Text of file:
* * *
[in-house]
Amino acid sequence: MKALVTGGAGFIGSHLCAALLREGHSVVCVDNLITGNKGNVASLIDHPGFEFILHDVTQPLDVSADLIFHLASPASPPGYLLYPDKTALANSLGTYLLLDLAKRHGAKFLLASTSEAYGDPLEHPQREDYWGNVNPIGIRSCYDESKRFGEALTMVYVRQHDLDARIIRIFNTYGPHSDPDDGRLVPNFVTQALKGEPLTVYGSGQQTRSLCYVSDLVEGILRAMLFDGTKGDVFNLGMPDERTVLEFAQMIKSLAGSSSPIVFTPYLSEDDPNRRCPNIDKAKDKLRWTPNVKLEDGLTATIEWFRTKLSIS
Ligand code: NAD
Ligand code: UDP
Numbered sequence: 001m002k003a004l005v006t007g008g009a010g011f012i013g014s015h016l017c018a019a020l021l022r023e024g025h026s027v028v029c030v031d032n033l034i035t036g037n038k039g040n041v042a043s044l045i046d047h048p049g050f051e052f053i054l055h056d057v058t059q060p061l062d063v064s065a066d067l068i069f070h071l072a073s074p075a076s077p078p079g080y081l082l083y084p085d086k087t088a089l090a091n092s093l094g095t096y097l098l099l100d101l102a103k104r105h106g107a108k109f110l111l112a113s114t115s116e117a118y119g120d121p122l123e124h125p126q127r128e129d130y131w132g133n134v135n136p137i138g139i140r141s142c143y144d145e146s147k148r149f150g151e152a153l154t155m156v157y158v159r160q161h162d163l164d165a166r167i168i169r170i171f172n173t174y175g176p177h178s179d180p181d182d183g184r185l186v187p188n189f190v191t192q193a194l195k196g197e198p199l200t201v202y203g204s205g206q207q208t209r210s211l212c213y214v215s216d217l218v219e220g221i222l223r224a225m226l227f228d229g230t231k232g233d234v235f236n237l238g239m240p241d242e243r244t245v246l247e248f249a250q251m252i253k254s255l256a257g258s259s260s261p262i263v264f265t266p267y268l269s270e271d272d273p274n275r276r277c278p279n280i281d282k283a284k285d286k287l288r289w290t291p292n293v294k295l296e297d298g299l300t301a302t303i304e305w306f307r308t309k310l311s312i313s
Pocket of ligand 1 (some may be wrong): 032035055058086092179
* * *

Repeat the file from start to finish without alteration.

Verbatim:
[in-house]
Amino acid sequence: MKALVTGGAGFIGSHLCAALLREGHSVVCVDNLITGNKGNVASLIDHPGFEFILHDVTQPLDVSADLIFHLASPASPPGYLLYPDKTALANSLGTYLLLDLAKRHGAKFLLASTSEAYGDPLEHPQREDYWGNVNPIGIRSCYDESKRFGEALTMVYVRQHDLDARIIRIFNTYGPHSDPDDGRLVPNFVTQALKGEPLTVYGSGQQTRSLCYVSDLVEGILRAMLFDGTKGDVFNLGMPDERTVLEFAQMIKSLAGSSSPIVFTPYLSEDDPNRRCPNIDKAKDKLRWTPNVKLEDGLTATIEWFRTKLSIS
Ligand code: NAD
Ligand code: UDP
Numbered sequence: 001m002k003a004l005v006t007g008g009a010g011f012i013g014s015h016l017c018a019a020l021l022r023e024g025h026s027v028v029c030v031d032n033l034i035t036g037n038k039g040n041v042a043s044l045i046d047h048p049g050f051e052f053i054l055h056d057v058t059q060p061l062d063v064s065a066d067l068i069f070h071l072a073s074p075a076s077p078p079g080y081l082l083y084p085d086k087t088a089l090a091n092s093l094g095t096y097l098l099l100d101l102a103k104r105h106g107a108k109f110l111l112a113s114t115s116e117a118y119g120d121p122l123e124h125p126q127r128e129d130y131w132g133n134v135n136p137i138g139i140r141s142c143y144d145e146s147k148r149f150g151e152a153l154t155m156v157y158v159r160q161h162d163l164d165a166r167i168i169r170i171f172n173t174y175g176p177h178s179d180p181d182d183g184r185l186v187p188n189f190v191t192q193a194l195k196g197e198p199l200t201v202y203g204s205g206q207q208t209r210s211l212c213y214v215s216d217l218v219e220g221i222l223r224a225m226l227f228d229g230t231k232g233d234v235f236n237l238g239m240p241d242e243r244t245v246l247e248f249a250q251m252i253k254s255l256a257g258s259s260s261p262i263v264f265t266p267y268l269s270e271d272d273p274n275r276r277c278p279n280i281d282k283a284k285d286k287l288r289w290t291p292n293v294k295l296e297d298g299l300t301a302t303i304e305w306f307r308t309k310l311s312i313s
Pocket of ligand 1 (some may be wrong): 032035055058086092179